"Adrenaline Rush" explores the innards of risk taking in a wide and spectacular way. From the "explosive" science and entrepreneurship of Alfred Nobel to a schoolboy's first day in class, from the boldness and determination of Henry Ford to the shy but affectionate sentiment of a teen for another, "Adrenaline Rush" brings us on a journey in the multidimensional world of risk, a world where progress of humankind or personal accomplishment aren't necessarily related to the scope or the nature of the endeavor.
"Adrenaline Rush" also teaches us that humanity can benefit from the unexpected and combined efforts of two very different risk takers whose minds meet across half a millennium and across the boundaries of the Old and New Worlds, as we witness the experiment of Leonardo Da Vinci's notorious parachute by Adrian Nicholas, world's most respected skydiver and inventor in his own right, monitored closely by Salford scientists who seek answers on critical and life pertaining matters. Incidentally, "Adrenaline Rush" doesn't hesitate to explain scientific concepts in simple words. From the soaring and breathtaking cliffs of Norway to the calm and inspiring immensity of the Mojave Desert, from Thomas Edison's laboratory to a simple American schoolyard, "Adrenaline Rush" is more than a thrilling visual experience, it's an invitation to explore our inner selves and a statement that there is no such thing as having little courage.
Over four million Vietnamese died in what one side calls the American War and the other side calls the Vietnam War. A war so brutal, that it has been described as their 'own' Third World War by the Vietnamese. In this rare instance, it is those who lost the war that have almost exclusively written its history. Whilst countless stories have been told from the American point of view, most often reducing the Vietnamese to faceless shadows very little has been heard from the other side. The official Vietnamese line meanwhile continues to issue purely one dimensional propaganda. The Face of the Enemy is a unique documentary, in that it tells the story of the Vietnamese that fought in "The American" war, in their own words. In the film the veterans have the chance, often for the first time, to recall the experiences that transformed and changed their lives. A film that has inspired the filmmakers is Peter Davis' "Hearts and Minds" from 1975. A documentary, whose truth and relevance has been merely re-strengthened with the passage of time. The title of that film refers to a speech given by Lyndon B. Johnson in which he proclaimed the escalation of the American involvement in the Vietnam War. English subtitles hard coded to the film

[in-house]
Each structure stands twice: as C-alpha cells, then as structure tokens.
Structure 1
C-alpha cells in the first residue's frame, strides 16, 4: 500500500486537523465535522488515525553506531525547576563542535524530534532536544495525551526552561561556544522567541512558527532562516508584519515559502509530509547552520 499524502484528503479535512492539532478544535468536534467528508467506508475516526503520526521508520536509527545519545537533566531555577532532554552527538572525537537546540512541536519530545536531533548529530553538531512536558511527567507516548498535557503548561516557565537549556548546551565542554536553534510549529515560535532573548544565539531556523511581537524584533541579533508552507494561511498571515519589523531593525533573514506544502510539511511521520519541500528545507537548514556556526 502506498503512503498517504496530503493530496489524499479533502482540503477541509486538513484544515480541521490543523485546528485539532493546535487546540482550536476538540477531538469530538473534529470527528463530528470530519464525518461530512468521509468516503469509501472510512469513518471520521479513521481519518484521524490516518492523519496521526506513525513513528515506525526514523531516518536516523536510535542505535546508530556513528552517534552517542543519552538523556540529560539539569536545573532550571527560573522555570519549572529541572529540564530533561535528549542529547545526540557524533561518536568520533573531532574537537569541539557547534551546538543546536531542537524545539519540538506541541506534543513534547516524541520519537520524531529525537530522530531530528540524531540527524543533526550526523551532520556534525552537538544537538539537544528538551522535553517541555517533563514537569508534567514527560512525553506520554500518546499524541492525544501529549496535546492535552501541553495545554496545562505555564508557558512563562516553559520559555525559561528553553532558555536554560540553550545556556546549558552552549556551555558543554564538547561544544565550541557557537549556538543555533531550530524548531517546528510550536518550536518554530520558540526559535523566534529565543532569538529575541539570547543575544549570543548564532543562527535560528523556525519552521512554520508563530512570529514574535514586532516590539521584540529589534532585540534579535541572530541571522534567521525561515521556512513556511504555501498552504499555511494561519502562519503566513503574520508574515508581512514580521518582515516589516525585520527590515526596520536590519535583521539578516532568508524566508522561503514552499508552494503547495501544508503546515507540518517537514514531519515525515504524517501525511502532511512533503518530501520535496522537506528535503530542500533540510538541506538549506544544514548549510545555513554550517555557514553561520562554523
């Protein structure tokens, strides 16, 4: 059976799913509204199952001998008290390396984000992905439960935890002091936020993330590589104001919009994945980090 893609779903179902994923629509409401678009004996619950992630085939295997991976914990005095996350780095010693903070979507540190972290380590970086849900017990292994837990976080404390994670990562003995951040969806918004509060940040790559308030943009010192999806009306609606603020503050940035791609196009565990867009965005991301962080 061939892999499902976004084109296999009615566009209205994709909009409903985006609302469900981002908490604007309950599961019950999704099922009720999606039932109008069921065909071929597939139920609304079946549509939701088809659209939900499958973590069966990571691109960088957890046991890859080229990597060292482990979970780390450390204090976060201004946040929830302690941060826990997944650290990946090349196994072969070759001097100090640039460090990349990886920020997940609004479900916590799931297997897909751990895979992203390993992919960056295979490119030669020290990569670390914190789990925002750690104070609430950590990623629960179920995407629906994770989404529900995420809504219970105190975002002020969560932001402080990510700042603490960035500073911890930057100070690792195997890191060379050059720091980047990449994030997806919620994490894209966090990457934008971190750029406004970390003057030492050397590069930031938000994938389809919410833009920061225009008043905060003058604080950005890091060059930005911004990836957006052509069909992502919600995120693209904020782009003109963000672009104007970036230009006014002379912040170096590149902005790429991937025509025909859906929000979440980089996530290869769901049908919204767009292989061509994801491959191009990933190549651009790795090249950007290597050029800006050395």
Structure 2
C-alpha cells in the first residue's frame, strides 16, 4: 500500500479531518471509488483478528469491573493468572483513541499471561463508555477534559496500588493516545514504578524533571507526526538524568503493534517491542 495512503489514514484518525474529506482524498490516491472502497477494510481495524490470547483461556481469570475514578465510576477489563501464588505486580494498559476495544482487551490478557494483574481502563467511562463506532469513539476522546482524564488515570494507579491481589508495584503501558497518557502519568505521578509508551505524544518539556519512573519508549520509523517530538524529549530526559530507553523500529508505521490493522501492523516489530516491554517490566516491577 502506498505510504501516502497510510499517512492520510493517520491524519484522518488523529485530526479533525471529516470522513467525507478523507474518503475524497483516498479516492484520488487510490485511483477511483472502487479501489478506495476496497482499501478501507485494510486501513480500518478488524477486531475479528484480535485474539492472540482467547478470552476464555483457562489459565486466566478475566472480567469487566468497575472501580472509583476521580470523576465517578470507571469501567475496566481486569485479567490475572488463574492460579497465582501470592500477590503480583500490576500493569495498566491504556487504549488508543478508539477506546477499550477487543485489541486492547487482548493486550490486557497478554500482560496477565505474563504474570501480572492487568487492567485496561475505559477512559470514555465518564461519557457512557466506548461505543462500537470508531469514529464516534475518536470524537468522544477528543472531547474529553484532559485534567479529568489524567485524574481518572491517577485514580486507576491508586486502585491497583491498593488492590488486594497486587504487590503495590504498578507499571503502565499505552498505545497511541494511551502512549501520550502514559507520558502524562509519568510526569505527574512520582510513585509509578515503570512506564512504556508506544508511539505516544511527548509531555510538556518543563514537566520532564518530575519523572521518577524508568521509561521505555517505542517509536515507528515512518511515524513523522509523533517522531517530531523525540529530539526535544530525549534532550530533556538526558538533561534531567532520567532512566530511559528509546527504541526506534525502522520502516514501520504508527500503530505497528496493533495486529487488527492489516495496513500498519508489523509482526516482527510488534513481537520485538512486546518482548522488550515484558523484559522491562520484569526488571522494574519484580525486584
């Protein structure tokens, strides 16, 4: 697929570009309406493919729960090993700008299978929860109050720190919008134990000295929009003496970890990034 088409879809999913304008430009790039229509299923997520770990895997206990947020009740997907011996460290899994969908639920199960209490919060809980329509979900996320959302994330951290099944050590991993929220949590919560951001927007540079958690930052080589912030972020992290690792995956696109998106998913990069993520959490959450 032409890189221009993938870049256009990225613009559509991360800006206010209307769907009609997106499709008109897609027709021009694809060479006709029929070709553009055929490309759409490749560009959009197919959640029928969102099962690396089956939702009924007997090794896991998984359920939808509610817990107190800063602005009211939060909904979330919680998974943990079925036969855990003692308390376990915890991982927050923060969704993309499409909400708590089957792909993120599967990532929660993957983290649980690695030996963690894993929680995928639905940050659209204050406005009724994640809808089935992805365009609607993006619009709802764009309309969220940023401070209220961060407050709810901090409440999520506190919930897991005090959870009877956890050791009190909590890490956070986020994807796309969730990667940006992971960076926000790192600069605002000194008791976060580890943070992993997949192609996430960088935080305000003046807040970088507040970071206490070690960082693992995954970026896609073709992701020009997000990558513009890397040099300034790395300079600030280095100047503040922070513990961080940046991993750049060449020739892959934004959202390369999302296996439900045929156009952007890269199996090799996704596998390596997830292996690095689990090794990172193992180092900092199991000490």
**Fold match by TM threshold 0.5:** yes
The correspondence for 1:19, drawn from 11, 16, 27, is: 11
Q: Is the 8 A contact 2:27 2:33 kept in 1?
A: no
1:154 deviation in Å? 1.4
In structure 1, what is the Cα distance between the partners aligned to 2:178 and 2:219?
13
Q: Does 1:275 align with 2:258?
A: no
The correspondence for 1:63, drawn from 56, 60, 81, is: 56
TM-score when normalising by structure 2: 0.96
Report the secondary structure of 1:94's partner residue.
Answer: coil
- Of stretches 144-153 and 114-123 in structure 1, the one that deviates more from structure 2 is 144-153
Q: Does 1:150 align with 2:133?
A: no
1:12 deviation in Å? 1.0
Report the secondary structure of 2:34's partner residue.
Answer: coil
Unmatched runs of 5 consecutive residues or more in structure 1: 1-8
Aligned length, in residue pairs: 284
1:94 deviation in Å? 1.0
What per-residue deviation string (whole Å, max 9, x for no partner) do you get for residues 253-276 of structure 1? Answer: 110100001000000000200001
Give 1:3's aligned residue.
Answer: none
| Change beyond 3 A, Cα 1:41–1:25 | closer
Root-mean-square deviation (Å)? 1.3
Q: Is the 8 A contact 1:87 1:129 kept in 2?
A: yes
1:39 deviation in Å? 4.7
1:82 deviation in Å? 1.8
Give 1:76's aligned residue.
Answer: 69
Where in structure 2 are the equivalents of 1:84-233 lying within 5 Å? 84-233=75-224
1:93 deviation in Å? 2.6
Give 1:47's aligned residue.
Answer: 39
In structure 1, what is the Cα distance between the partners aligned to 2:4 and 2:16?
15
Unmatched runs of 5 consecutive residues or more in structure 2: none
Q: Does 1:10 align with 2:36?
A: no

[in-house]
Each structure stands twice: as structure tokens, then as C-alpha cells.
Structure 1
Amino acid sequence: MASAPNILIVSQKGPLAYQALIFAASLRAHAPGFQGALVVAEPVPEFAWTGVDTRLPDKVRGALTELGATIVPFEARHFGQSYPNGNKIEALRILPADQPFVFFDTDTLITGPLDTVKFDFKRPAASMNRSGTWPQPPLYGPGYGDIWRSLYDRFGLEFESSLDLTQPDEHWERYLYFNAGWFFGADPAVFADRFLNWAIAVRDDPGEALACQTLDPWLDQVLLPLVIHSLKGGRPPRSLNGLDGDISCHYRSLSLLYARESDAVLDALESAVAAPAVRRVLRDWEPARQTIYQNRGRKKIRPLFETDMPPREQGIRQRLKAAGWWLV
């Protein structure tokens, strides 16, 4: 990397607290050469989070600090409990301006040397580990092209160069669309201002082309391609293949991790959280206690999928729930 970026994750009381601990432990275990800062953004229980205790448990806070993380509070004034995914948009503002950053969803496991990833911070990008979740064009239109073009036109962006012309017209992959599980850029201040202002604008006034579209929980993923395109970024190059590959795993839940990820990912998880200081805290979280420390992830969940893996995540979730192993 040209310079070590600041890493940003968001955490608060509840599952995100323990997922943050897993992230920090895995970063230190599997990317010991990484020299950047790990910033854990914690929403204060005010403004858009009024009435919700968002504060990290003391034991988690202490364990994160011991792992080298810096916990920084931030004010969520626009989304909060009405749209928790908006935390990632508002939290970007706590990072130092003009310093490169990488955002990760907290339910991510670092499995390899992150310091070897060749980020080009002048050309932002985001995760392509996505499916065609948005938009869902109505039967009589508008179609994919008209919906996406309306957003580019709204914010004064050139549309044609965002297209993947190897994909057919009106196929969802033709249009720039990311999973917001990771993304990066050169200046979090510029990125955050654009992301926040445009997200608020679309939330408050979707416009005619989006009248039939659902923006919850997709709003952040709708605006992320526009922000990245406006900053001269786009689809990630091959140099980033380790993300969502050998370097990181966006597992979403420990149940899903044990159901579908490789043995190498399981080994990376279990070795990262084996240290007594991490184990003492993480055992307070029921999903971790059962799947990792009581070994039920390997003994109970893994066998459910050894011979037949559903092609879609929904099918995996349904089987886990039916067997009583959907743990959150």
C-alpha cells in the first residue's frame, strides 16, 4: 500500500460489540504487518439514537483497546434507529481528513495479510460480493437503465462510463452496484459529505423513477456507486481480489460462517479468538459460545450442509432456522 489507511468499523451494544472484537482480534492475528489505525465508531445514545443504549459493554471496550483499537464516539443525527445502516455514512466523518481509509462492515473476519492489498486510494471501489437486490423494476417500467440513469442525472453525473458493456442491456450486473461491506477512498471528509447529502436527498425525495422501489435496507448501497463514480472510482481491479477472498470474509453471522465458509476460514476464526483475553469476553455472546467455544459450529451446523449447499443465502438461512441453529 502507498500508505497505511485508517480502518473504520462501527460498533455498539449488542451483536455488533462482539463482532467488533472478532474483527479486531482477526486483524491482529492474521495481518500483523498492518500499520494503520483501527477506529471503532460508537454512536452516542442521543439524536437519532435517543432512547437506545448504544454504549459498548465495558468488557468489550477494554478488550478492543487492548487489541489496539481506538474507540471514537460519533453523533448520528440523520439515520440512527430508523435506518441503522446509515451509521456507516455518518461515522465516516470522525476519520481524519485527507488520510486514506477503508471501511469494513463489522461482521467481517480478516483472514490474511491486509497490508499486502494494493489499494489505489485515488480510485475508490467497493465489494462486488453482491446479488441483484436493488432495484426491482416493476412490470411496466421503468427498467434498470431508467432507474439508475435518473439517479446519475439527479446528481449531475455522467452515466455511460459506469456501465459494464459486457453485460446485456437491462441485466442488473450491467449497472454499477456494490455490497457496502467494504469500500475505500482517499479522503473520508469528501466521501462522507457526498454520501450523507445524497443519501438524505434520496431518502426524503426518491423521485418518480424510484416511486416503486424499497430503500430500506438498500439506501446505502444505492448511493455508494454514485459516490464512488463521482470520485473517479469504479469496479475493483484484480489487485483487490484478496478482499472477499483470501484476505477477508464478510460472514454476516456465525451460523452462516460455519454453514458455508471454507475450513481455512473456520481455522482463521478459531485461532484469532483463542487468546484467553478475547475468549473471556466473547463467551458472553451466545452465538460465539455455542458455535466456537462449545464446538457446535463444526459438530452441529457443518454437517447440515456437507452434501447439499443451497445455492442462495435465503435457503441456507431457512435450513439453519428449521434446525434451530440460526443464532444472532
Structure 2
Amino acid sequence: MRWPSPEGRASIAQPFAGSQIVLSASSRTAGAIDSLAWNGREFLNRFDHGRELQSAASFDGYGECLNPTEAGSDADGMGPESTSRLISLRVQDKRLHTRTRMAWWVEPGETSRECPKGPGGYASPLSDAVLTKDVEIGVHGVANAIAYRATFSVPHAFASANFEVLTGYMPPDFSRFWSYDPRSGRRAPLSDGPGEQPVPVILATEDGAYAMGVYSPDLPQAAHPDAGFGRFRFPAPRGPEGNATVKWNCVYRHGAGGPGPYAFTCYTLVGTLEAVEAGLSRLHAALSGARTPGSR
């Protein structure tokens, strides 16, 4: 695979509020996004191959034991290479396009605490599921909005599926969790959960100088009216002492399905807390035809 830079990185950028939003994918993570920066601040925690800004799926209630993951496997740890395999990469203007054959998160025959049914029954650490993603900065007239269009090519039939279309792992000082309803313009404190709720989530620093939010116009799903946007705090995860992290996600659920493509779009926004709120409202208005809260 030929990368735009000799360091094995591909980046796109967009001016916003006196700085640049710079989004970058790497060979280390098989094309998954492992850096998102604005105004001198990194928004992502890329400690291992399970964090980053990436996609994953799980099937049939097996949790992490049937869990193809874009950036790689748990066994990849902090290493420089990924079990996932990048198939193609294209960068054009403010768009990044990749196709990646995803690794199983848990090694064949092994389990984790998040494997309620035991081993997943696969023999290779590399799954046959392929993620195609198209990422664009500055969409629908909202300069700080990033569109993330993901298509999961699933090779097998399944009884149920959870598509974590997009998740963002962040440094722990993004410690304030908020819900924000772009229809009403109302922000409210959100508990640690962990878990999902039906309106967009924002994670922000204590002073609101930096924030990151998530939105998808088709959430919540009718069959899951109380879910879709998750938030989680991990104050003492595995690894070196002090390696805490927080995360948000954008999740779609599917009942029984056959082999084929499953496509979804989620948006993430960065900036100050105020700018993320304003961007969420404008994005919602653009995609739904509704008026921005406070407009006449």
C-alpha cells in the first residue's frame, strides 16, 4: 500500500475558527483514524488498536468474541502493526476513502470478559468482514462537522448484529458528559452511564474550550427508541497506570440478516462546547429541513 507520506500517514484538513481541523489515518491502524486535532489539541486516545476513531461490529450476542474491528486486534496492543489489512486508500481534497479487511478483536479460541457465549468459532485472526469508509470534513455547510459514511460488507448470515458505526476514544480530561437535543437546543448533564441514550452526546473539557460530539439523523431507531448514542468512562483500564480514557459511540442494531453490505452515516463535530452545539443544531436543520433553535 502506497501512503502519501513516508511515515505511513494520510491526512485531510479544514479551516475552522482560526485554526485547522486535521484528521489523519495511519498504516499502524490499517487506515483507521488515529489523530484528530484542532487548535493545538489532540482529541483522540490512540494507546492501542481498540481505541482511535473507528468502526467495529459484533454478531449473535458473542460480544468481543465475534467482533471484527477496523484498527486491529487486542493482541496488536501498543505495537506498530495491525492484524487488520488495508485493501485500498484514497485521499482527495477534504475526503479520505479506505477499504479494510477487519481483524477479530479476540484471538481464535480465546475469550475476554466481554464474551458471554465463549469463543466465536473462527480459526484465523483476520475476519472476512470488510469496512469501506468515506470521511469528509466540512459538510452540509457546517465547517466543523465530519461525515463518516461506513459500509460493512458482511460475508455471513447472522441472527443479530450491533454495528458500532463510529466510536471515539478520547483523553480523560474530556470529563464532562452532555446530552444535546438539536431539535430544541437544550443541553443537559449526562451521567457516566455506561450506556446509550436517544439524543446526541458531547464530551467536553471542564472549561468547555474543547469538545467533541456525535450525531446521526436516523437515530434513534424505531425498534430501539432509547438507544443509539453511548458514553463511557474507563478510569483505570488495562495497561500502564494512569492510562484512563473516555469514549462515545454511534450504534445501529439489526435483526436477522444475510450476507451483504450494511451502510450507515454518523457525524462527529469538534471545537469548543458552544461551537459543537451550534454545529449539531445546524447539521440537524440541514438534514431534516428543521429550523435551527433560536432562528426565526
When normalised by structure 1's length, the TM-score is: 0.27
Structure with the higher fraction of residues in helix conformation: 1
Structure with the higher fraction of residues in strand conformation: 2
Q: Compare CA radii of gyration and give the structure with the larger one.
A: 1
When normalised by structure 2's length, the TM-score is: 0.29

As befits the man behind Baldrick, Tony Robinson has uncovered life in the underbelly of history. Whether it's swilling out the crotch of a knight's soiled armour after the battle of Agincourt, risking his neck in the rigging of HMS Victory, or as 'Groomer of the Stool' going to places where none of Henry VIII's six wives would venture, Tony endures the worst jobs imaginable to get to the bottom (sometimes literally) of the story. From the Roman invasion to the reign of Queen Victoria, Tony has met the challenge of seeking out the worst jobs of each era. The Gunpowder Plot drew Tony to the role of the Saltpetre Man who collected human waste because its nitrate content could be turned into gunpowder. In the same vein, he has revealed some of the worst jobs behind the building of the great medieval cathedrals. With Tony we discover the dire conditions of Nelson's Victory, where the most common form of retirement was being sewn into a hammock with a couple of cannon balls and dropped over the side. Then there's the impact of the Industrial Revolution, a source of wealth and power for the few, but a cornucopia of lousy jobs for the many.